This blog post originally appeared on Mindful.Org
Most of us can relate to the experience of having butterflies in our stomach, or to a visceral gut-wrenching feeling, and how often are we told not to ignore our “gut-instinct” or “gut-feeling” when making a decision.
Even from our simple slang, it’s clear just how symbolically connected the gut is to our emotions. Now, there’s tangible proof to support these popular metaphors.
We all have a microbiome, and they are as unique as our neural pathways
Research has shown that the body is actually composed of more bacteria than cells. We are more bug than human! Collectively, these trillions of bacteria are called the microbiome. Most of those bacteria reside in our gut, sometimes referred to as the gut microbiota, and they play multiple roles in our overall health.
The gut is no longer seen as an entity with the sole purpose of helping with all aspects of digestion. It’s also being considered as a key player in regulating inflammation and immunity.
A healthy gut consists of different iterations of bacteria for different people, and this diversity maintains wellness. A shift away from “normal” gut microbiota diversity is called dysbiosis, and dysbiosis may contribute to disease. In light of this, the microbiome has become the focus of much research attention as a new way of understanding autoimmune, gastrointestinal, and even brain disorders.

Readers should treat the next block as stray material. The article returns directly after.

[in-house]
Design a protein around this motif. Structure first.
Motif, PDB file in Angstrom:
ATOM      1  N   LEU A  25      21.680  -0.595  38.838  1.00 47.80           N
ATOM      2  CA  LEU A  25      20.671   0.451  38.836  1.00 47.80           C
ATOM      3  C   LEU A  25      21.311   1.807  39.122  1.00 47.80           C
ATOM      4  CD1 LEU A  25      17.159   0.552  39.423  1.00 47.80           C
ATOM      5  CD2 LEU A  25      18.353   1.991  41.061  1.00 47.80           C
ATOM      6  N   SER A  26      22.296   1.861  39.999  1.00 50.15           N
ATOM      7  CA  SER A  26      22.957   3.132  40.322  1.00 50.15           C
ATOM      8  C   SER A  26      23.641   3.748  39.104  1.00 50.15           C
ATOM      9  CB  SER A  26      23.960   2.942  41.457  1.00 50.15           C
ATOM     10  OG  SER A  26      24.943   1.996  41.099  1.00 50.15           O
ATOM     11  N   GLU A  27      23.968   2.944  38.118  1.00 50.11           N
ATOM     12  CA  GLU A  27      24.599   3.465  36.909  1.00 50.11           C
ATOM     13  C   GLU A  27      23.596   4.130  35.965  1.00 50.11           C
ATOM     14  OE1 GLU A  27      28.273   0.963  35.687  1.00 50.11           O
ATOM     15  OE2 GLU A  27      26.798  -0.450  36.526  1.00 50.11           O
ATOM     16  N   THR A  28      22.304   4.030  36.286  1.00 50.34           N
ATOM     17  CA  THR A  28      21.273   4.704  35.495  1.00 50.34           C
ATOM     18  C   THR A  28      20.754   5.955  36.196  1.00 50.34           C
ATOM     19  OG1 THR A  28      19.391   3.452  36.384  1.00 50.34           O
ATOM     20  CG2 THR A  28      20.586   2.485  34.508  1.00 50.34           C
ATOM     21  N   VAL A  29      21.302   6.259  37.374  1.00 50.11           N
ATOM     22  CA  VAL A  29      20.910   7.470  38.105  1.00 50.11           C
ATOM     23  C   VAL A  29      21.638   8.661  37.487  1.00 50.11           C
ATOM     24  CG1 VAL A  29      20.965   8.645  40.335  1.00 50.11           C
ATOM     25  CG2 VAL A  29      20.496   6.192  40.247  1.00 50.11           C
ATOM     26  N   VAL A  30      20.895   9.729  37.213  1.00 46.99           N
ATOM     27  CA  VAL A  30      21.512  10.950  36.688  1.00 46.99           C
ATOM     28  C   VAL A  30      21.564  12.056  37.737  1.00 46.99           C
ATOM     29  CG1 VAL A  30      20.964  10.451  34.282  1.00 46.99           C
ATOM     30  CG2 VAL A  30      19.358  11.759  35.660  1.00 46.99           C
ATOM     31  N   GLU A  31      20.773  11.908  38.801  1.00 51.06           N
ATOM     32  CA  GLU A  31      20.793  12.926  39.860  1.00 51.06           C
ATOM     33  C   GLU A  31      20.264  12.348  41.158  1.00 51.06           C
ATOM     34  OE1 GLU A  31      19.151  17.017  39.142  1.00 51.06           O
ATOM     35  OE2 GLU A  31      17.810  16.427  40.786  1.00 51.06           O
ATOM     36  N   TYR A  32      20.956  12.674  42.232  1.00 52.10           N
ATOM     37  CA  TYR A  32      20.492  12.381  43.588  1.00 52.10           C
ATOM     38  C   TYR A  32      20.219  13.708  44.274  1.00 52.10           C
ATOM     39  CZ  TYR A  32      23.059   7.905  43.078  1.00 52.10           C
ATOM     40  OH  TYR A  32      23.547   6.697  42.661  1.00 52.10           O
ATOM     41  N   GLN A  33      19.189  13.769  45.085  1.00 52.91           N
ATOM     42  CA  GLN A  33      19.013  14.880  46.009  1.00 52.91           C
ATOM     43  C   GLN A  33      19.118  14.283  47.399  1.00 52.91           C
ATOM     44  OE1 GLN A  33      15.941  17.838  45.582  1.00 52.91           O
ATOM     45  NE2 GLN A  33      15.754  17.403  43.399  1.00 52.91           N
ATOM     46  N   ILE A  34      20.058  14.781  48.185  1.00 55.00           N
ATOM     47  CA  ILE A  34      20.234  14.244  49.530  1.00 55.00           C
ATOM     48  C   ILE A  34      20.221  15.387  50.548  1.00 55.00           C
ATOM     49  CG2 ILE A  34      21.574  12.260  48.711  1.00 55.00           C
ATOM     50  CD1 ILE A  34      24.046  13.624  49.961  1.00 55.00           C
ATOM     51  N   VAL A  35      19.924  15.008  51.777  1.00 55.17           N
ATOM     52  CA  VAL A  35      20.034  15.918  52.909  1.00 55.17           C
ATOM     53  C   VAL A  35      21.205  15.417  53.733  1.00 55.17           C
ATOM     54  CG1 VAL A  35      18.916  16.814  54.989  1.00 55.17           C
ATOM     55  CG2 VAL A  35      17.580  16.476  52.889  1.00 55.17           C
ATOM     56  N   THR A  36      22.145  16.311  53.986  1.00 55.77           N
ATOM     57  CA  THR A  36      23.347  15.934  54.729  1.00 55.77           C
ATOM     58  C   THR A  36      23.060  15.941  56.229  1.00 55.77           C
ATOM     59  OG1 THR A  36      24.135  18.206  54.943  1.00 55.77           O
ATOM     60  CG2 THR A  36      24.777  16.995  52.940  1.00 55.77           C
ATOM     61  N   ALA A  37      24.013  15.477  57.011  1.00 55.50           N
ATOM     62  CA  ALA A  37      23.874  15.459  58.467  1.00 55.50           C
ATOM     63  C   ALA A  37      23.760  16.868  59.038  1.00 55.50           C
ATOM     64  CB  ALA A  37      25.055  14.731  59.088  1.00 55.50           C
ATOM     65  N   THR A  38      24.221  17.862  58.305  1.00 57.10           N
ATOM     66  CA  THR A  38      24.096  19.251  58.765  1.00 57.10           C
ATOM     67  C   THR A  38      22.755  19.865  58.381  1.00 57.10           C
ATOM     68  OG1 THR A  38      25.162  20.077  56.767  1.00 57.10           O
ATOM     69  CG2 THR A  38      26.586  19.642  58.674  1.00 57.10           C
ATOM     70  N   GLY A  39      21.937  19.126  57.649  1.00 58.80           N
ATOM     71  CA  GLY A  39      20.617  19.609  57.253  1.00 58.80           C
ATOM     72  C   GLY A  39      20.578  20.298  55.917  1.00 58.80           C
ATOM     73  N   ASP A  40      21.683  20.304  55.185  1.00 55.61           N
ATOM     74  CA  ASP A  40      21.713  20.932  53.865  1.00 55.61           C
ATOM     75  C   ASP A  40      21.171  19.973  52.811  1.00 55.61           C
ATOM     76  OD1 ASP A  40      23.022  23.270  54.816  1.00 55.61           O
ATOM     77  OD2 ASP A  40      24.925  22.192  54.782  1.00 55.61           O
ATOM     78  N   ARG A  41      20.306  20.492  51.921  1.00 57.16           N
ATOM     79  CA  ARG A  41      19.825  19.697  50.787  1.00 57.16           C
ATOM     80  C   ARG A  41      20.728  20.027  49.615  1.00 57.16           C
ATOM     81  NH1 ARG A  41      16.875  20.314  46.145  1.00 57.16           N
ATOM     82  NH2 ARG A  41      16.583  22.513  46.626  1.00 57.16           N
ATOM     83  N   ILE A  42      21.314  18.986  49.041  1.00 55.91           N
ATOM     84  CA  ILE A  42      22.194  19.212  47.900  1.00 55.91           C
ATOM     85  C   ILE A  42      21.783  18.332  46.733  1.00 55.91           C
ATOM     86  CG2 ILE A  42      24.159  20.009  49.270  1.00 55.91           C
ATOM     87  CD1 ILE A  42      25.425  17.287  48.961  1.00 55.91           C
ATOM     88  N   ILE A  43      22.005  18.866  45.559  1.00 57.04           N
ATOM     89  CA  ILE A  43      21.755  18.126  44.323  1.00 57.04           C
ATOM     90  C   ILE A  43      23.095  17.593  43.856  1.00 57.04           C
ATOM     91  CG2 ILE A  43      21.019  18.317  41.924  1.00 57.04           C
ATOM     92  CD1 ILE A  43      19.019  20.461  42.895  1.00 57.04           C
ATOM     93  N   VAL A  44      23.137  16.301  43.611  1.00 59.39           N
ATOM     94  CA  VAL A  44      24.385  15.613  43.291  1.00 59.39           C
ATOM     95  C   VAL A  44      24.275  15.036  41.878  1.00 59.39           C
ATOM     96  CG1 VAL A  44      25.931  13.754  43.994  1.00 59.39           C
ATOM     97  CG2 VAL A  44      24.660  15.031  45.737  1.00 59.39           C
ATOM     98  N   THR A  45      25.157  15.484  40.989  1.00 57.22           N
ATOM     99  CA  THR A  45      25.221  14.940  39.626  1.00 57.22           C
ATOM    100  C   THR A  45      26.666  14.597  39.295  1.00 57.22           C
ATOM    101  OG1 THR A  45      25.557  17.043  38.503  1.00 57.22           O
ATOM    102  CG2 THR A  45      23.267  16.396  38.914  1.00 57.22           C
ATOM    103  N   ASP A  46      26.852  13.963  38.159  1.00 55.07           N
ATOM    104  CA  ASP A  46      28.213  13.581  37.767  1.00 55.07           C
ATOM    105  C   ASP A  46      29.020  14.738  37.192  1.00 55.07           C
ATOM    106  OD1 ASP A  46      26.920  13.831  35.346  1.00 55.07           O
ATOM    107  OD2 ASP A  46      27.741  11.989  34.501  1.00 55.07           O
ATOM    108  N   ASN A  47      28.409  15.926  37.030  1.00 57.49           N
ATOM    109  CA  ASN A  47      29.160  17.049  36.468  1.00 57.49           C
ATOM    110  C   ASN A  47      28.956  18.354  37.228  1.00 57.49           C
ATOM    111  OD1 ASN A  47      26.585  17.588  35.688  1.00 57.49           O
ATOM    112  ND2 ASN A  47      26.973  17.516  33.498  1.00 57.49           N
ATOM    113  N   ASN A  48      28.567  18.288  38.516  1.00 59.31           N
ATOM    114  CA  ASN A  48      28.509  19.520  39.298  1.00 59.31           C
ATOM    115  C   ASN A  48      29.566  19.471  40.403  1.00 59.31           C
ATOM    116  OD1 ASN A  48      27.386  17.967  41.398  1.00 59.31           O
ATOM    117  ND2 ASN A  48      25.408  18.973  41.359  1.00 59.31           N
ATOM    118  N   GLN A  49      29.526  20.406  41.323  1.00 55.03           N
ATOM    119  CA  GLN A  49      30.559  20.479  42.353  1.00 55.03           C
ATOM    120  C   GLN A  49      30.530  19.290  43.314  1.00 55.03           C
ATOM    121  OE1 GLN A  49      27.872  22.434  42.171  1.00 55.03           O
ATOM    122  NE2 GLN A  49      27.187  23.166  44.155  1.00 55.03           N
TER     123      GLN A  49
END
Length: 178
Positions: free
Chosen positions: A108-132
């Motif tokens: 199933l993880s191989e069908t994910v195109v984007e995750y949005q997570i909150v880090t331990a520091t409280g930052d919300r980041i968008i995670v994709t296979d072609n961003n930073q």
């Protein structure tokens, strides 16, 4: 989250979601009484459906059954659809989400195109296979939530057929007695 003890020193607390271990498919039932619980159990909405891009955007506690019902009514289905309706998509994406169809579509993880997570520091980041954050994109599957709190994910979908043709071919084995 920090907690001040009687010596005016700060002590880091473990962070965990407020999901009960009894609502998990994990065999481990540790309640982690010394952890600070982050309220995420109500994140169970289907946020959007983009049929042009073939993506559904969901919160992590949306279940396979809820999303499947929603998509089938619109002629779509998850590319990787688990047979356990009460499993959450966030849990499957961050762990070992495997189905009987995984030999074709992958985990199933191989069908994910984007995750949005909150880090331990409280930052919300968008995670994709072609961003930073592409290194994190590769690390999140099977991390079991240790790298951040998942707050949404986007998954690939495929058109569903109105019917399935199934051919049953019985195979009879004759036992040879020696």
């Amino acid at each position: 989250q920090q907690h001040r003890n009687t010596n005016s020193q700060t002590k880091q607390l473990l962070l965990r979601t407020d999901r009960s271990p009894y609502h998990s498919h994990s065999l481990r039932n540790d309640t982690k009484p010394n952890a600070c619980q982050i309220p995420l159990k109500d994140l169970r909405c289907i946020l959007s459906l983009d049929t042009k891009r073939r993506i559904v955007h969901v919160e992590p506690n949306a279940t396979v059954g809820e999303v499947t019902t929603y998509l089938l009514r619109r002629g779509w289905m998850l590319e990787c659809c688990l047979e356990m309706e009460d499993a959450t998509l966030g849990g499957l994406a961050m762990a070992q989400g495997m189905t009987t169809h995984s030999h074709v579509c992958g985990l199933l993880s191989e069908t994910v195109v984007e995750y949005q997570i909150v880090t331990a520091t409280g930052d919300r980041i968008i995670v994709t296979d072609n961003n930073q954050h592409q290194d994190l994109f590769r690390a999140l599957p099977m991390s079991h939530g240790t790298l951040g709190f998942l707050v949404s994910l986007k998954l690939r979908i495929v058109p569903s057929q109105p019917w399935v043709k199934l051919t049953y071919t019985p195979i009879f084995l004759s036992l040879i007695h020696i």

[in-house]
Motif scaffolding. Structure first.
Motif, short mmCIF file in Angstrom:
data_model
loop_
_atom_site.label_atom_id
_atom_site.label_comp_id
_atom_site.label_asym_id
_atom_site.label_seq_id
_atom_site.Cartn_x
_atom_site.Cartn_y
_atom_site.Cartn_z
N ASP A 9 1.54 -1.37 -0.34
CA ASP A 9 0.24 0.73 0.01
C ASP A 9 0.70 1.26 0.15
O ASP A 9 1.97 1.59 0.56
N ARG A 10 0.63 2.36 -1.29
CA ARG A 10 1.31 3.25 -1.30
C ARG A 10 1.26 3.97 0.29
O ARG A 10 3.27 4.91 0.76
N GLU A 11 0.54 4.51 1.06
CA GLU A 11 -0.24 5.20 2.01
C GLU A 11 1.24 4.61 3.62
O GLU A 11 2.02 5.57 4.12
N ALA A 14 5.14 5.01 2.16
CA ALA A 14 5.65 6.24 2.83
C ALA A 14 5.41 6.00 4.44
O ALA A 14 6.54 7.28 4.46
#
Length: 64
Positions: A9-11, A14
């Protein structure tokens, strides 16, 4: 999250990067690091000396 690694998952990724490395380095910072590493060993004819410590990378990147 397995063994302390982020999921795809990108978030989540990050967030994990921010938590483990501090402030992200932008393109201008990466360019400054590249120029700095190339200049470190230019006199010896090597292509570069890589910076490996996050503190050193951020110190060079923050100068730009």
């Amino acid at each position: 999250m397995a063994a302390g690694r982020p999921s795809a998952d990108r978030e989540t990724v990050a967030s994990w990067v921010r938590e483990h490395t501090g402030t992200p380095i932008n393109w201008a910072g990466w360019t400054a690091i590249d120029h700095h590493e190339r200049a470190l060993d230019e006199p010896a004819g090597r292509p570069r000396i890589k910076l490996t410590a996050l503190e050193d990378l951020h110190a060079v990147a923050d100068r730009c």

The benefit of a healthy gut is illustrated most effectively during early development. Research has indicated just how sensitive a fetus is to any changes in a mother’s microbiotic makeup, so much so that it can alter the way a baby’s brain develops. If a baby is born via cesarean section, it misses an opportunity to ingest the mother’s bacteria as it travels down the vaginal canal. Studies show that those born via c-section have to work to regain the same diversity in their microbiome as those born vaginally. Throughout our lives, our microbiome continues to be a vulnerable entity, and as we are exposed to stress, toxins, chemicals, certain diets, and even exercise, our microbiome fluctuates for better or worse.
The gut as second brain
Our gut microbiota play a vital role in our physical and psychological health via its own neural network: the enteric nervous system (ENS), a complex system of about 100 million nerves found in the lining of the gut.
The ENS is sometimes called the “second brain,” and it actually arises from the same tissues as our central nervous system (CNS) during fetal development. Therefore, it has many structural and chemical parallels to the brain.
Our ENS doesn’t wax philosophical or make executive decisions like the gray shiny mound in our skulls. Yet, in a miraculously orchestrated symphony of hormones, neurotransmitters, and electrical impulses through a pathway of nerves, both “brains” communicate back and forth. These pathways include and involve endocrine, immune, and neural pathways.
At this point in time, even though the research is inchoate and complex, it is clear that the brain and gut are so intimately connected that it sometimes seems like one system, not two.